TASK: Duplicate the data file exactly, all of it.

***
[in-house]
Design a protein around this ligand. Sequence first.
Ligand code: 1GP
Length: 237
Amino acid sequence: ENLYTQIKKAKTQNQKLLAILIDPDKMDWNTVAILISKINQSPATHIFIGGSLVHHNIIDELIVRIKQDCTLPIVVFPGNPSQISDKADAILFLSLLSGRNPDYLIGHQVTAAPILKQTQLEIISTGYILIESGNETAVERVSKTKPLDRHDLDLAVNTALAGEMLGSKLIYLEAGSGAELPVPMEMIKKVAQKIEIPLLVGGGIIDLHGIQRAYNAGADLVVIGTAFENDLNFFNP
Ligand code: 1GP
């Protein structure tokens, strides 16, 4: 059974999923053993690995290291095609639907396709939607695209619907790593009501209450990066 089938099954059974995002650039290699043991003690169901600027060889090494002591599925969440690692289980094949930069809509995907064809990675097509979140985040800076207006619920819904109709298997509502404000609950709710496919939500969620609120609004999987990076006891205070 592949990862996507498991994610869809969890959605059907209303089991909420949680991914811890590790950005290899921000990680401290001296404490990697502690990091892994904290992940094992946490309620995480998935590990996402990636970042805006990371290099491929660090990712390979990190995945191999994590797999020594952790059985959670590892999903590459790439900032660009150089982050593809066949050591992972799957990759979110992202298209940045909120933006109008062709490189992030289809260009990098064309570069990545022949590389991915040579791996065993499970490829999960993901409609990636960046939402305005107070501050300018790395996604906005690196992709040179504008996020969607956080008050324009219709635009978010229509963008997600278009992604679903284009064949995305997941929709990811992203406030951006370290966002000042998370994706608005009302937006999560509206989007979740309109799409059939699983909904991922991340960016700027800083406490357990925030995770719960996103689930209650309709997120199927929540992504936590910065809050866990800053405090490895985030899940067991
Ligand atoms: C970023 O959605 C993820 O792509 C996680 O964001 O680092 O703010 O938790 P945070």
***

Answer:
[in-house]
Design a protein around this ligand. Sequence first.
Ligand code: 1GP
Length: 237
Amino acid sequence: ENLYTQIKKAKTQNQKLLAILIDPDKMDWNTVAILISKINQSPATHIFIGGSLVHHNIIDELIVRIKQDCTLPIVVFPGNPSQISDKADAILFLSLLSGRNPDYLIGHQVTAAPILKQTQLEIISTGYILIESGNETAVERVSKTKPLDRHDLDLAVNTALAGEMLGSKLIYLEAGSGAELPVPMEMIKKVAQKIEIPLLVGGGIIDLHGIQRAYNAGADLVVIGTAFENDLNFFNP
Ligand code: 1GP
């Protein structure tokens, strides 16, 4: 059974999923053993690995290291095609639907396709939607695209619907790593009501209450990066 089938099954059974995002650039290699043991003690169901600027060889090494002591599925969440690692289980094949930069809509995907064809990675097509979140985040800076207006619920819904109709298997509502404000609950709710496919939500969620609120609004999987990076006891205070 592949990862996507498991994610869809969890959605059907209303089991909420949680991914811890590790950005290899921000990680401290001296404490990697502690990091892994904290992940094992946490309620995480998935590990996402990636970042805006990371290099491929660090990712390979990190995945191999994590797999020594952790059985959670590892999903590459790439900032660009150089982050593809066949050591992972799957990759979110992202298209940045909120933006109008062709490189992030289809260009990098064309570069990545022949590389991915040579791996065993499970490829999960993901409609990636960046939402305005107070501050300018790395996604906005690196992709040179504008996020969607956080008050324009219709635009978010229509963008997600278009992604679903284009064949995305997941929709990811992203406030951006370290966002000042998370994706608005009302937006999560509206989007979740309109799409059939699983909904991922991340960016700027800083406490357990925030995770719960996103689930209650309709997120199927929540992504936590910065809050866990800053405090490895985030899940067991
Ligand atoms: C970023 O959605 C993820 O792509 C996680 O964001 O680092 O703010 O938790 P945070």